A prosperous China is good for the European Union
President Xi Jinping could not have timed his European trip better. With relations between the European Union and Russia fraught over Crimea, the 10-day visit offered Brussels a welcome diversion and perhaps a solution. For China, there was the opportunity to strengthen economic and diplomatic relations. The billions of euros in deals struck and the pledges to improve ties point to the dawning of a new era of co-operation.
Xi and his 200-member business delegation were pampered on each stop as they moved from the Netherlands to France, Germany and Belgium. Tough talk on contentious issues from both sides that previously accompanied such top-level visits were put aside, replaced by warmth, typified by the amicable resolution of a dispute over Chinese solar panels that had threatened to cause a trade war. There was every reason for the changed atmosphere: China and the EU need one another. Substantial economic and political benefits lie ahead if they can work more closely together.
The president's stated mission was, as he said in the Belgian city of Bruges, to "build bridges of friendship and co-operation"; the EU sought understanding and trust. These are straightforward goals, but not easy to attain given the backdrop of Europe's concerns over China's rise, its arms embargo and lecturing on human rights. Each has much to learn about the other's history and culture. Building trade and investment are the best ways to advance.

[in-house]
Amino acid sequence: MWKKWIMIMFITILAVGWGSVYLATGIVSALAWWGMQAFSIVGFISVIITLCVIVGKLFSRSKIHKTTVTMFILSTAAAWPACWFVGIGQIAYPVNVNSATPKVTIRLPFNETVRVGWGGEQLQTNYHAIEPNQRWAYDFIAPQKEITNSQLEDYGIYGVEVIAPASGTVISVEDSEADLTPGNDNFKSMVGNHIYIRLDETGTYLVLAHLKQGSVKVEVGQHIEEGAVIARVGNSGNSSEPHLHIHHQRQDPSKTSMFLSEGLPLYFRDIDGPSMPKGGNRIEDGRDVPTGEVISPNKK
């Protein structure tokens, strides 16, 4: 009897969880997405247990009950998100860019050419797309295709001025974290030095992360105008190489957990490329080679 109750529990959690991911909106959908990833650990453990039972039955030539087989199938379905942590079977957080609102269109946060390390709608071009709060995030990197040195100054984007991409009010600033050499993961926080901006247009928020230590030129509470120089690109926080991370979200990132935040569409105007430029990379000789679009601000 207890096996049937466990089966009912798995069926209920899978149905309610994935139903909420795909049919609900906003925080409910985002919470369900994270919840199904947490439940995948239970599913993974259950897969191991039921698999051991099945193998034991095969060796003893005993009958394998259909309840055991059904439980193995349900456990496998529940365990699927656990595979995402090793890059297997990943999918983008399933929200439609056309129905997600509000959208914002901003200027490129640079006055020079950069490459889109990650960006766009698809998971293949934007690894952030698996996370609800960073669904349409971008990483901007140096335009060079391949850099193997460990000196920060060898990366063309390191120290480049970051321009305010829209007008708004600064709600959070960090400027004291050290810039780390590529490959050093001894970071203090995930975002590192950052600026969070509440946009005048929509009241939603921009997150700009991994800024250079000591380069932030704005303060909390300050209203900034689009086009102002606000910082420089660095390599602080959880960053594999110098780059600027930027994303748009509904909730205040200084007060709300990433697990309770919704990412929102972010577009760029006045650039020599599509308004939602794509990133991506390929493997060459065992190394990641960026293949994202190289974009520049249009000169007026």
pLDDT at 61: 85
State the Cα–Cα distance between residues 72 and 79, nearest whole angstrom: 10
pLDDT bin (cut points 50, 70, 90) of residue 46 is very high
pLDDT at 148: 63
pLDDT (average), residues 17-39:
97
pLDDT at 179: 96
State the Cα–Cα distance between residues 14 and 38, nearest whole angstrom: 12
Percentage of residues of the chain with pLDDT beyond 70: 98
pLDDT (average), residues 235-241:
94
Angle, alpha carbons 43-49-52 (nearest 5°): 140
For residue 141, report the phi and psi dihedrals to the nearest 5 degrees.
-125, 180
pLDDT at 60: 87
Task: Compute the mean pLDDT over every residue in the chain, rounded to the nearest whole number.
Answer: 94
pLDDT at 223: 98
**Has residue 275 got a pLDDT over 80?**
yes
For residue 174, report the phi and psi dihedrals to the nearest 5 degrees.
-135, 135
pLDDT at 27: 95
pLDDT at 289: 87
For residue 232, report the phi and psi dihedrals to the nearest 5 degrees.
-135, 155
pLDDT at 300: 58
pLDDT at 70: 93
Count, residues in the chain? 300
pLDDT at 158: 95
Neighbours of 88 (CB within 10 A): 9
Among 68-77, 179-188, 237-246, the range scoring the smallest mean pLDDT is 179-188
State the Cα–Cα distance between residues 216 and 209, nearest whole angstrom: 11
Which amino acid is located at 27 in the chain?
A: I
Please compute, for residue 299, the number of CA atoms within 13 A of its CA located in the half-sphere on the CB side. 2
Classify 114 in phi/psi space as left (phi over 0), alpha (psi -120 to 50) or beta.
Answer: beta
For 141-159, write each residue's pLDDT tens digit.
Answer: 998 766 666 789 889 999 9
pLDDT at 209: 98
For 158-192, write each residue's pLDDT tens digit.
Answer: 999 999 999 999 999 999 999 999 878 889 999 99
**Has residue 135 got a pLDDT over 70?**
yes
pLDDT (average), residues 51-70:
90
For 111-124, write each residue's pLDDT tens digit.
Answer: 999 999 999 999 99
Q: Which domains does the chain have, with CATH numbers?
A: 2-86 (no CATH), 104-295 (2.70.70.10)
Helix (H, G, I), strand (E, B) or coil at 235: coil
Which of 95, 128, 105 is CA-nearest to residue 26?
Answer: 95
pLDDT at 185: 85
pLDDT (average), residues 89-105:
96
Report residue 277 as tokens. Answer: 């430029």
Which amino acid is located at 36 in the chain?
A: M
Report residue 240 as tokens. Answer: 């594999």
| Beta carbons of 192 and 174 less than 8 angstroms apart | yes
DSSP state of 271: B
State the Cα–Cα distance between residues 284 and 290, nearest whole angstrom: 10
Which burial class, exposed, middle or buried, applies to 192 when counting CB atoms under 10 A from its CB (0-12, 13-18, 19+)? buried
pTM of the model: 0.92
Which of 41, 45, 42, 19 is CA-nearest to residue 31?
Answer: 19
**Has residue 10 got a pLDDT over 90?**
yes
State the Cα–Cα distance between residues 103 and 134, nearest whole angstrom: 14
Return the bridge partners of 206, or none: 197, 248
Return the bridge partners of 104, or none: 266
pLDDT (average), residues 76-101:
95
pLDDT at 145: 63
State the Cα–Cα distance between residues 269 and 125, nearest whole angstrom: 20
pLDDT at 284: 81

Annual trade between China and the EU is already US$588.6 billion and it will be substantially boosted by the deals signed during Xi's tour. There will be dramatically greater gains if a free trade agreement being pushed by China with the EU's US$17 trillion economy can be forged; the EU said that it was under consideration. In return, the EU is eager for China, likely to become the world's biggest economy within the decade, to open up investment opportunities. Better economic and diplomatic ties will help Europe move beyond its sovereign debt troubles, but the spectre of lost trade from the EU's rift with Russia over Ukraine gives added impetus.
The cordial nature of Xi's trip was fitting given that it marked 40 years of Sino-EU relations. But there was nothing forced about the speeches or deals; both realise the need for a better relationship. It is in the interests of both that they work together. A prosperous China is good for the EU and the reverse is true for China's growth and development.